A guide through your first year with Lynn Allen, LBSW.
No matter where you find yourself after experiencing a significant loss, one thing is for certain: you can’t put a time limit on grief.
Many researchers will share that a grief journey may last between one to five years, depending on the intensity of the relationship of a loved one, those who’ve walked through it will share that grief is a lifelong journey.
While grief, in general, is full of many ups and downs, there are a few patterns that are similar across the board. Here are a few things you can expect your first year of coping with the death of a loved one according to Hospice & Palliative Care of the Piedmont Licensed Baccalaureate Social Worker, Lynn Allen.
- You Can Expect to Have Grief Attacks
You’ve heard of heart attacks. You’ve heard of panic attacks.
Grief attacks work in similar ways. You may find yourself having a relatively good day, in the midst of battling your loss and suddenly have a wave of grief come upon you. This is completely normal and can come at unexpected times. The more prepared you are to know you’re likely to face them ahead of time, the more success you’ll have in navigating them healthfully.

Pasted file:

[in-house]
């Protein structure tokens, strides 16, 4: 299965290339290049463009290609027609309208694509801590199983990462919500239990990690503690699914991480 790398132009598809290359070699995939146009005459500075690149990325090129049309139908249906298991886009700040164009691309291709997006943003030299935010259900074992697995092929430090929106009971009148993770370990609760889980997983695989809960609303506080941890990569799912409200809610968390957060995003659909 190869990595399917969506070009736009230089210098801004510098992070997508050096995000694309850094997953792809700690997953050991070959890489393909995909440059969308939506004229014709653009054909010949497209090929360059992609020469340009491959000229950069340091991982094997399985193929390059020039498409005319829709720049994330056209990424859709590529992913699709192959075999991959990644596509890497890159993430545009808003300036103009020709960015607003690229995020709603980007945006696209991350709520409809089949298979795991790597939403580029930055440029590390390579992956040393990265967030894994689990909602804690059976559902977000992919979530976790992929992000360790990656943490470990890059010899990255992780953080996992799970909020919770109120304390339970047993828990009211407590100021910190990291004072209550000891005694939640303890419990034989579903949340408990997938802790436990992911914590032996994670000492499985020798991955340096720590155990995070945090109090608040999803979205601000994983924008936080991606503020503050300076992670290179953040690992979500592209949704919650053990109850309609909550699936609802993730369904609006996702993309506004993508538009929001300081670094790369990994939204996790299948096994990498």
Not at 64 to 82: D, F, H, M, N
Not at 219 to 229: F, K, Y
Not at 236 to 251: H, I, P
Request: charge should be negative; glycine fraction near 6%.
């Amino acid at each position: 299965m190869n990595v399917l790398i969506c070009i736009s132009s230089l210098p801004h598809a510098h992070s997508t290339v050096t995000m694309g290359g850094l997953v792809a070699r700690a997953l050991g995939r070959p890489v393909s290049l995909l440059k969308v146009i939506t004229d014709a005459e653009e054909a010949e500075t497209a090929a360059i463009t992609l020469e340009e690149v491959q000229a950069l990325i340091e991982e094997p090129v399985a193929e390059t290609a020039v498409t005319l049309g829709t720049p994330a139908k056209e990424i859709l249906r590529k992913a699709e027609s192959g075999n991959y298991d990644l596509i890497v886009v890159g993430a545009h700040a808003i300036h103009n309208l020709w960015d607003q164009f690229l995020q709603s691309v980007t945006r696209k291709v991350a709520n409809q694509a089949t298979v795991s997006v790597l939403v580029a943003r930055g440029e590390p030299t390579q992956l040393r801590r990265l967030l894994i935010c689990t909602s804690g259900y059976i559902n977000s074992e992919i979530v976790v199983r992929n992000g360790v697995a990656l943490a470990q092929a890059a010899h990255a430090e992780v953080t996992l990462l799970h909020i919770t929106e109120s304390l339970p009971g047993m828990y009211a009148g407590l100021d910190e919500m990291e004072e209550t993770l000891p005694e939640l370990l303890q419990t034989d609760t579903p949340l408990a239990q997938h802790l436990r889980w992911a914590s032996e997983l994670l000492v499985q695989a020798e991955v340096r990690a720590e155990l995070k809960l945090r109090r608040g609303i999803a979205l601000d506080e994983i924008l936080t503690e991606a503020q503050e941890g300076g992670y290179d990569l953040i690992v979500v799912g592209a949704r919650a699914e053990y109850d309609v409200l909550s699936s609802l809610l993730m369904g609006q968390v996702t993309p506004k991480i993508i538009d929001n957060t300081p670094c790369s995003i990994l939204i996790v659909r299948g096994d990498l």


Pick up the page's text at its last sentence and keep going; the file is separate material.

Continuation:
- Be Prepared to be Surprised by Others
While some of your friends, colleagues and even family members may say the perfect thing that make you feel better, more than likely, you’ll run into people who don’t know how to respond or support you in your grief. You may experience a sense of abandonment from friends who you thought would be there for you.
However, you may also experience deeper and more profound support from those you never expected to.
- Expect Your Own Health to Be Impacted
A few months following a significant loss, the adrenaline of the season begins to wear off. The busyness of caretaking, making important end-of-life decisions, and funeral plans will subside. This is when your health can take a hit. The weeks or even months of neglecting your needs — whether you realize it or not — may eventually catch up with you.
Remember to do your best to eat well and exercise regularly to avoid serious health concerns following the loss of a loved one. See your physician and rest well.
- Look for Signs of Healing and Moving On
At about the three-to-four-month period following a loss, you can expect to have some good days that intertwine with the bad ones. Healing will begin to take place and you may be able to look forward to the future and realize that the future – though it may not feel that way right now – is bright.
Know that though grief is a lifelong journey, the sadness you’re experiencing will get better. Give yourself permission to enjoy life and to laugh again. It will happen, it will just take time.
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